When I’m reviewing a junior developer I’m looking at their mindset rather than their experience. Have they shown that they have a can-do mindset, and a strong ability to learn? If so, we can help them move things forward. If a candidate has done little to show self-learning, then this can look unfavourably.

What could set me apart?

  • Show a learning mindset by showing what other work you’ve done out-with of coursework.
  • Be aware of the necessary skills, especially in PHP, as universities will be behind. There will be tools we use daily, such as Composer, you may not be aware of at all. I always recommend PHP The Right Way or Laracasts to provide a step up.
  • Share what you’ve done in your CV – if you don’t tell us, we won’t know!
  • Attend a few local meetups. There you can meet practitioners, and often learn – with talks often aimed at all levels. In some cases, conferences sell discounted tickets (let us know if you attend!).

Edit 2020-06-13: I never did end up making this a series, so removing reference to that. Maybe sometime in the future!


Tuesday, November 5th, 2019

Directing a company, supporting software/clients, and managing a team has made my life a lot more complicated in recent years. When I first started working professionally, all of my notes were forever stored in Evernote Premium. My only problem came from my lack of organisation, so I relied a lot on the search rather than collections and tags – making it a little bit of a mess for me to manage. It didn’t help that Linux support was pretty terrible at the time, with the web interface being very laggy when it first released.

I ended up going a little crazy and trying my own MediaWiki, but found it overkill for personal access and updating was necessary, something I didn’t always do frequently.

Looking for better structure, I moved over to Notion earlier on this year. It’s been very fluid, and forces you to think a little on structure before you author content. I really like it’s open flow to generate and embed content, and expand as necessary. I quickly hit the free limit and went to pro, but I started feeling like it was a little bit too much for what I need.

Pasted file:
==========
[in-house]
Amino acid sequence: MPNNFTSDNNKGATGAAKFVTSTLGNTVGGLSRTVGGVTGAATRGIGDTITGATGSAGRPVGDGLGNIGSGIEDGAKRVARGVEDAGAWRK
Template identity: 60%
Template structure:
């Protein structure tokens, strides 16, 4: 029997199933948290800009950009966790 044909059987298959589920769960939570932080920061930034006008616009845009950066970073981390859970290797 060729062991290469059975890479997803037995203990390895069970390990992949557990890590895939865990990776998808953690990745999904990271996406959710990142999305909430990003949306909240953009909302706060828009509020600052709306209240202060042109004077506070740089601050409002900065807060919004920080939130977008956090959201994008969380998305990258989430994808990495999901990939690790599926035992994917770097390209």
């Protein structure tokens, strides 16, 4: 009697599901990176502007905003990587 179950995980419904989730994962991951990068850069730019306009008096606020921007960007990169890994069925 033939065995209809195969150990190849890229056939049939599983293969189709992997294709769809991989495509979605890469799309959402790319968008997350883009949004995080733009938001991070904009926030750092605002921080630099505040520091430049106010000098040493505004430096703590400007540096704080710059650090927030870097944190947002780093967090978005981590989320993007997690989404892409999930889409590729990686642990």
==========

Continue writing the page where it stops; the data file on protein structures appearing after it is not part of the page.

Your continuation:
A few years ago I started a new GitHub repo – til (today I learned). Aimed to focus on a fact that could be categorised and listed, it allowed me somewhere to show as I grew in different areas. Cool little code snippets could be kept easily, but I didn’t keep it up – but I was thinking too small.

In an earlier post I’d talked about Steve Wolfram and his processes, and he had a Wolfram Notebook which he keeps all his info. Similar people have started knowledgebases and making them public on GitHub:

These knowledgebases are Markdown files with simple folder structures, which can be easily edited and synced to wherever I need them. On my machine, I have VS Code setup with markdown preview – and it couldn’t be easier. Since I’ve started it’s helped me keep track of:

  • Tasks, rather than using Todoist or Bullet Journal.
  • Meeting Notes, rather than using Evernote.
  • Documentation, for processes and personal projects.
  • Learning, through notes from books and things I’ve learned along the way.

It’s entirely lo-fi and easy to update, and I’m loving it. 🙂 I’m keeping it private, but I might end up making a public one with more shared knowledge in future.

Featured image by Patrick Tomasso –

New year, new me

Wednesday, February 14th, 2018

A promising new year has gotten even more amazing. From today, I take my new role as Head of Technology at mtc. This new role comes with a load of new responsibilities and challenges, which makes me even more enthusiastic to jump in with both feet!

Alongside planning for our wedding next year, Michelle’s placement and projects across Scotland, it’s becoming a defining year for the both of us. It’s definitely exciting, but will be a challenge.

Time, poorly managed, is wasted: we need to ensure we’re making the best out of each moment from now on out. ??